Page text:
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Can you breed dogs with different dads but the same mom?

Can you breed dogs with different dads but the same mom?

Breeding closely related dogs is known as interbreeding. Breeding dogs too closely related isn’t recommended because it can cause genetic issues. Despite the risks, there are benefits as well. In fact, it’s how our modern day dog breeds were created.

It’s a complex subject. Some breeders will breed closely related dogs to enhance desirable traits, while some institutions prohibit the practice. 

Can you breed dogs with different dads but the same mom?

Dogs with different dads but the same mother are half siblings. Interbreeding is actually the cornerstone of purebred lines of any animal. 

In today’s culture, we wouldn’t dream of marrying or mating with anyone closely related to us. However, in ancient times, it was quite common. 

As our understanding of genetics has increased, we have a clearer picture of the consequences of interbreeding. This includes both risks and benefits. 

Homogeneous Genes

Each animal has two sets of genes, one from the father and one from the mother. When closely related dogs are bred, it increases the chance that the offspring will have two identical copies of some genes. 

This has positive and negative effects. It can be an advantage in selective breeding, because it strengthens certain desirable genes, and increases the odds of the gene being passed down. 

However, this also increases the risk of undesirable genes. PRA (Progressive Retinal Atrophy), is one example. It causes progressive blindness. A dog with one PRA gene will have normal vision. However, a dog with two PRA genes will develop the disease. 

Inbreeding Coefficient

The inbreeding coefficient is used to determine the likelihood both copies of any given gene originate from a single ancestor and are homogeneous. 

An inbreeding coefficient of 0 is the result of two purebred dogs from different breeds. They will share a common ancestor in the very distant past. A coefficient of 100 would be the result of breeding brother and sister for many generations, and is a very rare occurrence. 

Mating a brother and sister from parents that are unrelated gives an inbreeding coefficient of 50%. Breeding a father and daughter or mother and son gives a coefficient of 25% if there is no interbreeding in previous generations. 

A mating between cousins results in a coefficient of only 6%, assuming no other interbreeding occured in recent generations. 

When considering other related breedings in the family line, you’ll need to go back five generations. You can learn more about inbreeding coefficients by using the program GENES.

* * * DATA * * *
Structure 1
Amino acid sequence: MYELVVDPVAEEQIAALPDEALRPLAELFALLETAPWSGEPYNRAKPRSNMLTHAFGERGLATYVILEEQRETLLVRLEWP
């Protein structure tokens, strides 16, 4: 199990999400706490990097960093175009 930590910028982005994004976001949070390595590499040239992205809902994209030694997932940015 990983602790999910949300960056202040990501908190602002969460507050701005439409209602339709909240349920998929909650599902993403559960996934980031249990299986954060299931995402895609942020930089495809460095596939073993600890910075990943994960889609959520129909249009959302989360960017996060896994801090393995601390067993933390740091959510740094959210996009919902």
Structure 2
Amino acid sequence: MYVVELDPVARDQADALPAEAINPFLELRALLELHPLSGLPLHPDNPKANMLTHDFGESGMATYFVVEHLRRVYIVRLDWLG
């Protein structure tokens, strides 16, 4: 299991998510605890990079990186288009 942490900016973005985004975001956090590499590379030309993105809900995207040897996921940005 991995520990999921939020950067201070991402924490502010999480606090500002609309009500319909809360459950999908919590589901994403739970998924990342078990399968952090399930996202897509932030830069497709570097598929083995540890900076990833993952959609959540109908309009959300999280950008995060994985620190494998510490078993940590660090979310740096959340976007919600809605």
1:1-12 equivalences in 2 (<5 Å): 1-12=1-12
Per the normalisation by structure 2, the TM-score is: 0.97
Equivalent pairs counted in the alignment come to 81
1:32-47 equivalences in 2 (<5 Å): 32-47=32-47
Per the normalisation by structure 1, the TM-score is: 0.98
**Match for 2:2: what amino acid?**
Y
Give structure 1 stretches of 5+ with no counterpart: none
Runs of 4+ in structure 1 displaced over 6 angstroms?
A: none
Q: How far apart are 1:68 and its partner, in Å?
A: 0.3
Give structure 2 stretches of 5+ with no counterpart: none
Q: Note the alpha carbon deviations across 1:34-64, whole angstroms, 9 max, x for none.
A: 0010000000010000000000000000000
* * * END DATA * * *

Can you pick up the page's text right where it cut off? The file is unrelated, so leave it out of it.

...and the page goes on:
Interbreeding Pros and Cons

Interbreeding can be used to fix certain genetic traits into a breed or line. Show dogs, for example, are highly sought after as studs, because they are likely to pass on their winning genetic traits. 

However, close interbreeding over generations causes significant issues. These effects can be observed in wolf packs. Members of the pack stay together and interbreed.  Over time, they become very genetically similar. 

They become more susceptible to diseases because they don’t have the genes to resist them. In extreme cases, litters become much smaller and there’s a high infant mortality rate. Extremely interbred animals can also become sterile. 

Average Breeding Coefficient

The average breeding coefficient will vary significantly between breeds. Most breeds will average between 6-12%. A breeding coefficient over 5 increases the risk of undesirable traits slightly. At 10%, the risk is more significant. When the coefficient is over 10% the risk is greatly increased. 

When deciding whether or not to breed dogs, it’s recommended that the coefficient is less than or equal to the breed average. 

Most registries won’t register dogs with a very high degree of inbreeding. For example, the Kennel Club will register dogs with a higher than average breeding coefficient. However, they will not register puppies from a  father and daughter, mother and son, or brother and sister.

Half Brother and Sister Breeding

A half brother and sister mating will produce puppies with an inbreeding coefficient of 12.5%, assuming there was no interbreeding in previous generations. If the line was inbred in recent generations, the coefficient will be higher. 

This coefficient is higher than recommended under most circumstances. In short, it would be preferable to breed dogs that are not so closely related. If there is no other interbreeding in recent generations, you may choose to breed them. However, their offspring should be bred with an unrelated line to increase gene variation. 

It can be difficult to register half sibling offspring with the Kennel Club. However, the largest US registry, the AKC, has no prohibition on inbreeding. 

Reasons to Choose Half-Sibling Inbreeding